There's gnothing better than gnocchi. Is it pasta? Is it potato? Either way, it's 100% delicious.
Hi friends! It's been awhile, but glad to be back! Life got in the way a bit, and that's totally not a valid excuse but I'm back and cooking up a storm of posts! This week, I was inspired by a friend to make gnocchi! Soft delicate little pillows of potato fortified with flour and an egg, and I'm so glad I did. It's super easy, and pairs so well with a variety of sauces. My favorite is just sauteed in browned butter with snow peas, pancetta, and thinly sliced yellow necked squash. So simple and so delicious.
Here's what you need for the gnocchi:
- 2 pounds Yukon Gold potatoes
- 2.5 cups flour
- 2 large eggs
That's it. Seriously. Start by scrubbing the potatoes down, just to get the extra dirt off of them, and putting them in a medium stock pot with just enough water to cover them completely. Don't peel the potatoes! Boiling them with the skin on protects the flesh from water, which is gnocchi's enemy. Partially cover and boil for about 35 minutes or until they're fork tender. Strain, and let cool until they're cool enough to handle.
Once the potatoes have cooled, peel them! I just used my hands, but you can definitely use a pairing knife or those fancy potato peeling gloves. After the potatoes have peeled and cooled a bit more, use a potato ricer, or a cheese grater (the side with the medium holes) to grate the potatoes! If they're still feeling a little wet, just pat them down with a paper towel.
After you've made sure the potatoes have expelled their extra water, mound them on your counter like you would flour while making pasta, with a little well in the center. Then add the flour on top of that, maintaining the well in the center. Crack the egg into the center, and beat with a fork slowly incorporating the flour and potato and forming a shaggy dough. Careful not to over knead the dough, you don't want to the gluten in the potato to over activate, the key to good gnocchi (yes, failed pun there, I know.)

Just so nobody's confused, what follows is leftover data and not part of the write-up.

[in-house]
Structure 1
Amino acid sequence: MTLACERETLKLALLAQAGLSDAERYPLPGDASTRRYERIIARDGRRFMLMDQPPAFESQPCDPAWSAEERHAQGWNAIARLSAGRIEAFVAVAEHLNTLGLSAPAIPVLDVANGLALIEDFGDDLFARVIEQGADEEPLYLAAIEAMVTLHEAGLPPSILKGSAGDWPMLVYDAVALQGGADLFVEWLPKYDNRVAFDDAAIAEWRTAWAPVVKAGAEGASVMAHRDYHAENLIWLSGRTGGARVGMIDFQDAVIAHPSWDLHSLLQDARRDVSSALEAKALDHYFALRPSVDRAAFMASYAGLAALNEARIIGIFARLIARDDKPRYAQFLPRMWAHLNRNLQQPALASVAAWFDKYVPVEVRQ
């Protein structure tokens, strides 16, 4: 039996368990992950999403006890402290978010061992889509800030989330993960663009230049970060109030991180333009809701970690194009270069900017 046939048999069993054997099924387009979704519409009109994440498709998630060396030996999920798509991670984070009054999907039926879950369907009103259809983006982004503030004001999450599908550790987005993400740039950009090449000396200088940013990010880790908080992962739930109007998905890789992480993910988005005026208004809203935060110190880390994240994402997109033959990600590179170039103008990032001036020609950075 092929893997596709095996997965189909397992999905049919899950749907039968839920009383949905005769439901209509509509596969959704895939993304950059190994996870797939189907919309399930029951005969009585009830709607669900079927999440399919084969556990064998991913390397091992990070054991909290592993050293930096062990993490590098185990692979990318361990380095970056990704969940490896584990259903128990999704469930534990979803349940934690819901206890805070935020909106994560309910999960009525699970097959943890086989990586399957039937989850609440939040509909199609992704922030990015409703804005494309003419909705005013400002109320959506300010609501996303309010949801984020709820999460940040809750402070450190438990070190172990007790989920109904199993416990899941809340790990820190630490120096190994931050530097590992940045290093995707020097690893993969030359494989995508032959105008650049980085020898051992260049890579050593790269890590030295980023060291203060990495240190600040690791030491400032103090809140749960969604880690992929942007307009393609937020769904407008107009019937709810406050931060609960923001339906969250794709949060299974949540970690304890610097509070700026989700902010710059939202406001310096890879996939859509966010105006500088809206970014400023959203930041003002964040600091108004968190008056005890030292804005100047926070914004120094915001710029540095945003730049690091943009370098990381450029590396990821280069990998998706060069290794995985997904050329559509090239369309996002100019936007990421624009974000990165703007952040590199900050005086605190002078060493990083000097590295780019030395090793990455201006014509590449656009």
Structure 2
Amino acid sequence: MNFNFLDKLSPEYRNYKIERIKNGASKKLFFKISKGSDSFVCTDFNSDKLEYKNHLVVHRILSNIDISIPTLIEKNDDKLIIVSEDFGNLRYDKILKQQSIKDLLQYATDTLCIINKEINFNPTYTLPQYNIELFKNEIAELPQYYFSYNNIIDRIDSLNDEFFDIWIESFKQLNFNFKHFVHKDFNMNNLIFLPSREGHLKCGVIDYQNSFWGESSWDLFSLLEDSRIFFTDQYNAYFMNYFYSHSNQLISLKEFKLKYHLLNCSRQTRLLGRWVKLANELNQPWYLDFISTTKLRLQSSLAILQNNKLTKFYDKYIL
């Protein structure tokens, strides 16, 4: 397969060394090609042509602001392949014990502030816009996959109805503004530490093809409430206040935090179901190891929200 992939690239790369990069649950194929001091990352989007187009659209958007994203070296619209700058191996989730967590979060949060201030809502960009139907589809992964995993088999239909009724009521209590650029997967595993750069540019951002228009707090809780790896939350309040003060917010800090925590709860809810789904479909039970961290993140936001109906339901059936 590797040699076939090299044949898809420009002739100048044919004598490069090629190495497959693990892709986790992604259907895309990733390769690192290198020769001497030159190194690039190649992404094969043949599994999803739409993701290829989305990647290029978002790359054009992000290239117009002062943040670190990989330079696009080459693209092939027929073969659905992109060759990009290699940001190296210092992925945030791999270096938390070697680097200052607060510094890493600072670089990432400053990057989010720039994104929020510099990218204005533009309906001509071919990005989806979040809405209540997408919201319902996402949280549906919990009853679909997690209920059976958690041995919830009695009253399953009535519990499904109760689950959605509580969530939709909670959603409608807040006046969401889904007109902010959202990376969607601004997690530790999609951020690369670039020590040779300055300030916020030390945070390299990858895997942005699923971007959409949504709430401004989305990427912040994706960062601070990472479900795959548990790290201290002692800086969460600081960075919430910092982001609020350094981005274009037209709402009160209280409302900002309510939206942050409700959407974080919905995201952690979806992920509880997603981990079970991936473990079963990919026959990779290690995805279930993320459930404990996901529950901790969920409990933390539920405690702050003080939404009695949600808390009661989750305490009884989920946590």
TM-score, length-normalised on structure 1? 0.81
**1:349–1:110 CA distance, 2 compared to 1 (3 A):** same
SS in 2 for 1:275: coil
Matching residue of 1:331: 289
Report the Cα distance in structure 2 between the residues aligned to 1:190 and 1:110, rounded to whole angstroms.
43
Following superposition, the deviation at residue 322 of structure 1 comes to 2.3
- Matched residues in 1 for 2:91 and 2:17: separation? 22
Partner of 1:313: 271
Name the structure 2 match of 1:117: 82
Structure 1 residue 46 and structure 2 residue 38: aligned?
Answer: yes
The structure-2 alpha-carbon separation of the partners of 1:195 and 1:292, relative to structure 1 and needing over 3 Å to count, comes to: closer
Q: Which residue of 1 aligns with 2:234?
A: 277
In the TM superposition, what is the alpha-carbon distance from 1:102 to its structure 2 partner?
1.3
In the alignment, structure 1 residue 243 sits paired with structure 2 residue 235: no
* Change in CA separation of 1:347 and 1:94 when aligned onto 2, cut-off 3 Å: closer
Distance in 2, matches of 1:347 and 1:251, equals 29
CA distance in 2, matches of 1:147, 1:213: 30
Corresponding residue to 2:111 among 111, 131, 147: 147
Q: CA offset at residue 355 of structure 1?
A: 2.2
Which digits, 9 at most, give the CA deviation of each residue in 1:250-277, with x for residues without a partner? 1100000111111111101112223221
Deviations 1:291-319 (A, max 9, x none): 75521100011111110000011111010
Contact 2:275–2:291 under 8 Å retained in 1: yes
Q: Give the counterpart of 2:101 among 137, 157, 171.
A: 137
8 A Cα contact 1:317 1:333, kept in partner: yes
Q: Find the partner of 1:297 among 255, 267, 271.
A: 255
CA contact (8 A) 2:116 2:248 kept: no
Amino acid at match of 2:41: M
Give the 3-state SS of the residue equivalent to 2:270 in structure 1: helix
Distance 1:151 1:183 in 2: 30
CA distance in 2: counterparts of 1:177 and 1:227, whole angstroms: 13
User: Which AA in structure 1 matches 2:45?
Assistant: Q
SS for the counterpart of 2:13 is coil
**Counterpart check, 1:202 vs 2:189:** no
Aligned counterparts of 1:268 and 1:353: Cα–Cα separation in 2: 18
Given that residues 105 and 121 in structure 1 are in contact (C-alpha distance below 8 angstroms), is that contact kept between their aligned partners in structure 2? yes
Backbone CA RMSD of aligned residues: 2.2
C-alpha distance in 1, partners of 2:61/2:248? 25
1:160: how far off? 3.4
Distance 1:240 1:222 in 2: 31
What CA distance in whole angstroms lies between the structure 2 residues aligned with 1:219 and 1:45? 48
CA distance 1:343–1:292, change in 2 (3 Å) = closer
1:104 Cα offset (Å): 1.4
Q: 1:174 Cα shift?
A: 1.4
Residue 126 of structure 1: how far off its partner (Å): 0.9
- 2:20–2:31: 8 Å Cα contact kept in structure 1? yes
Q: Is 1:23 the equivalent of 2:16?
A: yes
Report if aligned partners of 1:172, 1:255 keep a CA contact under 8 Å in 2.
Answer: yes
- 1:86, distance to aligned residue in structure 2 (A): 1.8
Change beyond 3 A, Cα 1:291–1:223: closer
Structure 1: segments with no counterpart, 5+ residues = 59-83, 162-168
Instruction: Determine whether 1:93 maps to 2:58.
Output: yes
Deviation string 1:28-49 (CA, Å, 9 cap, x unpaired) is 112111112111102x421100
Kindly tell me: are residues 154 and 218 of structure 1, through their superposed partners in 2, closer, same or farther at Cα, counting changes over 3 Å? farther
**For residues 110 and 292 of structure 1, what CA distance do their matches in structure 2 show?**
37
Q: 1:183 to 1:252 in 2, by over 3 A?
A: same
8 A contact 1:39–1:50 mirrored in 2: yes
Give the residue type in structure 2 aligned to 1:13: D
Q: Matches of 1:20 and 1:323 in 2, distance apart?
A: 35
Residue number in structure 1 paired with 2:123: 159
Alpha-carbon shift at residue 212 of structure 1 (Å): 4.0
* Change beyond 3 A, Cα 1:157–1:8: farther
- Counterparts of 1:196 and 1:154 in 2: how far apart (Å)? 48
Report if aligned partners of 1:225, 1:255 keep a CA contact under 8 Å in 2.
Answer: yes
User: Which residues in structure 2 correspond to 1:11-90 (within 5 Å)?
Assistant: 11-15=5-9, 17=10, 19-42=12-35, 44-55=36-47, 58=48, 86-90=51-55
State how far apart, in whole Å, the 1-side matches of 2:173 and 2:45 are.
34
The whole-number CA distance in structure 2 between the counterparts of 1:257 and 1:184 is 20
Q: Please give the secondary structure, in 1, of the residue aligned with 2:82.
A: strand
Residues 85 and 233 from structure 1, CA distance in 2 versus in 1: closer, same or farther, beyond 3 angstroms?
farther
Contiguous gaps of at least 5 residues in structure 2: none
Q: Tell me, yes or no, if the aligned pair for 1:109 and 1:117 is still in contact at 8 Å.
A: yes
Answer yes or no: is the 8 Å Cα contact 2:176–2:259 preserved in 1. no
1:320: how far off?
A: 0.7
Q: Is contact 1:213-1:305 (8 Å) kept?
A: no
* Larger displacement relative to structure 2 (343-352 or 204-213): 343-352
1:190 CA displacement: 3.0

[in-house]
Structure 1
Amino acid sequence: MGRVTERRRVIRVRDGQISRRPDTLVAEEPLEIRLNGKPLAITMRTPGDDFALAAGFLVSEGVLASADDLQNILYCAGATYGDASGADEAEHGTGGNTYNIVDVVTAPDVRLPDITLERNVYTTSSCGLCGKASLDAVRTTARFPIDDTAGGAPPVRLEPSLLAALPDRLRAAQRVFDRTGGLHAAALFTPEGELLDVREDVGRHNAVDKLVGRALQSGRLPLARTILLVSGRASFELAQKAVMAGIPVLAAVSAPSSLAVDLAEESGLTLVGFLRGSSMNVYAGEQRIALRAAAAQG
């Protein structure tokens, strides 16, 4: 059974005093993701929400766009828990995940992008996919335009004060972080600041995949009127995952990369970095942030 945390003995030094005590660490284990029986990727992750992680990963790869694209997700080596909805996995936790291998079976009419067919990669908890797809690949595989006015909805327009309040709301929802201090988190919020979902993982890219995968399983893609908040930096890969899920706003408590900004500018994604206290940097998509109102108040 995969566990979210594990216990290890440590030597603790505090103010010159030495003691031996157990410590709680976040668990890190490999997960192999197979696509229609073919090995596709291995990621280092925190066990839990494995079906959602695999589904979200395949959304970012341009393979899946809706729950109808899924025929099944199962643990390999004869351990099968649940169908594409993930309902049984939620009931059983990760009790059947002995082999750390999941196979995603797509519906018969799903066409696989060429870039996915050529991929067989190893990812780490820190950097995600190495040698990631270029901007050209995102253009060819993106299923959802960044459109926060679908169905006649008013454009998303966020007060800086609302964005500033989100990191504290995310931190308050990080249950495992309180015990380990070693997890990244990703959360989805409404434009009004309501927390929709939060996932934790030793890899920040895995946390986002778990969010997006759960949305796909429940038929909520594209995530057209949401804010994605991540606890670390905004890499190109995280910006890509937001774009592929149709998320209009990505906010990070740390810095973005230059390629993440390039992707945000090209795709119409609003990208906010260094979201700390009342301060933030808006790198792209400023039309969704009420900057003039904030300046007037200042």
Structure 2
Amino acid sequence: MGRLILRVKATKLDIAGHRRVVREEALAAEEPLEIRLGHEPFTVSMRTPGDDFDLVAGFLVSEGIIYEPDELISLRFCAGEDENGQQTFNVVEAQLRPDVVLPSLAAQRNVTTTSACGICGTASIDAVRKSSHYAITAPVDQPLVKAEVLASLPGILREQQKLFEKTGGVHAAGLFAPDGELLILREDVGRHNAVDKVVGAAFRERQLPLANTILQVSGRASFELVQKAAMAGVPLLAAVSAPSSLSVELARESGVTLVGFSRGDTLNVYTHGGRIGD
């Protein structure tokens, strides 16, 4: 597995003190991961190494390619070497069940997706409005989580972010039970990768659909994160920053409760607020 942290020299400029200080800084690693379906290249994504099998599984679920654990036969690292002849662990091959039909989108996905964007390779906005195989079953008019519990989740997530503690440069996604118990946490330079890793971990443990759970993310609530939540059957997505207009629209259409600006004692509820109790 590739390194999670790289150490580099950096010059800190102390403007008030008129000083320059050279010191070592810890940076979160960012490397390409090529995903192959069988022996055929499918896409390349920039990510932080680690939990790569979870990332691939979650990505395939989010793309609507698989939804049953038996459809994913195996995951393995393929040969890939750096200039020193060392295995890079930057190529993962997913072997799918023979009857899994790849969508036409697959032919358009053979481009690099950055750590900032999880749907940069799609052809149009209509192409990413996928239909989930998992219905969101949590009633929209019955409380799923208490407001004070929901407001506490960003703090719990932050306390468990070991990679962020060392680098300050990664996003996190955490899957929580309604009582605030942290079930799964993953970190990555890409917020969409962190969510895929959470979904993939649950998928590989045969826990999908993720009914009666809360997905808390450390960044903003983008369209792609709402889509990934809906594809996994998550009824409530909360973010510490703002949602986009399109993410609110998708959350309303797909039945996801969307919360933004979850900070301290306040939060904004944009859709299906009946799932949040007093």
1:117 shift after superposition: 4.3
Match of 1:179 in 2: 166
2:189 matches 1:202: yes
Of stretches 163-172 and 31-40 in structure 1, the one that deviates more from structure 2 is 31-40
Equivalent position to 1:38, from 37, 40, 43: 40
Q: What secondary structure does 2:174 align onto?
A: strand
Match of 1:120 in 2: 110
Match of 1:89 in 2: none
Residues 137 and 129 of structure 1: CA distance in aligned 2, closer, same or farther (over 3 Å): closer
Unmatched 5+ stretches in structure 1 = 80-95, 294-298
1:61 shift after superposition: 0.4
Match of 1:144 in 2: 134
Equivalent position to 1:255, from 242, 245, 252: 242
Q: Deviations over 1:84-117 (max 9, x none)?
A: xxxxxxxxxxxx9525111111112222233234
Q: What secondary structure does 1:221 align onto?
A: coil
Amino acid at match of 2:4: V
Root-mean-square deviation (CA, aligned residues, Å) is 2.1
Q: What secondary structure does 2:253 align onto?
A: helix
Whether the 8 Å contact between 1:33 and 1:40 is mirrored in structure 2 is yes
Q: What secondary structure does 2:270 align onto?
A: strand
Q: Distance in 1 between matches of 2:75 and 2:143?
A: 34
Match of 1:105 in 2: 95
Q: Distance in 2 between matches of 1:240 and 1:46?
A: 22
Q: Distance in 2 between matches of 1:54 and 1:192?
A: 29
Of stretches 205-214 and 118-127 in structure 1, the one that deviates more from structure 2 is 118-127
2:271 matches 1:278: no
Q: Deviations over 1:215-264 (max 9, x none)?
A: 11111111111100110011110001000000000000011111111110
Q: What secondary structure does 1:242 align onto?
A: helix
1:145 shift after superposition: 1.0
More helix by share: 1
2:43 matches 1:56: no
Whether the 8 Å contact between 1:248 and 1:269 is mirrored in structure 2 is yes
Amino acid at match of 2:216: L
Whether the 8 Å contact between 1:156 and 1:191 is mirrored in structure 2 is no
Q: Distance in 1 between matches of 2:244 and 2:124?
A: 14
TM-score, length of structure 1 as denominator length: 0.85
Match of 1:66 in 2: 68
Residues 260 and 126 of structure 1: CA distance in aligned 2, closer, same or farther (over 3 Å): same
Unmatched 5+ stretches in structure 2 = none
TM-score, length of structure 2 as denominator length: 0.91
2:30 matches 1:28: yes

The dough should be a nice, smooth consistency. Using the bench scraper (or a very sharp knife) cut about an inch and a half off of the dough and roll between your palms on the counter forming a rope. Using the bench scraper again, cut the rope in one inch increments. From here, you can crimp with a fork but I prefer just leaving them alone. They're more rustic, easier, and just prettier. Throw them into a pot of boiling water and cook until the float to the top, about 3-4 minutes. That's it! So easy.
From there, toss the gnocchi in your favorite marinara sauce, alfredo sauce, or just butter. My favorite is with brown butter- melt two tablespoons of butter in a medium frying pan on medium high heat until the butter turns a golden brown and nutty- then set aside. In the same pan, add the pancetta and render out the fat. Add frozen peas, and thinly sliced yellow neck squash. Once the squash has gotten crispy on the edges, and the pancetta is browned, add the cooked gnocchi. Toss, and drizzle with brown butter. Garnish with freshly grated parmigiano reggiano, salt & pepper.
Aside from pasta being one of my comfort foods, gnocchi has quickly jumped the ranks. Just like it's cousin pasta, it's so versatile and delicious enough to eat on it's own. This recipe makes enough to feed at least 6, so the next time you want to have lunch for a week or throw a dinner party give gnocchi a try!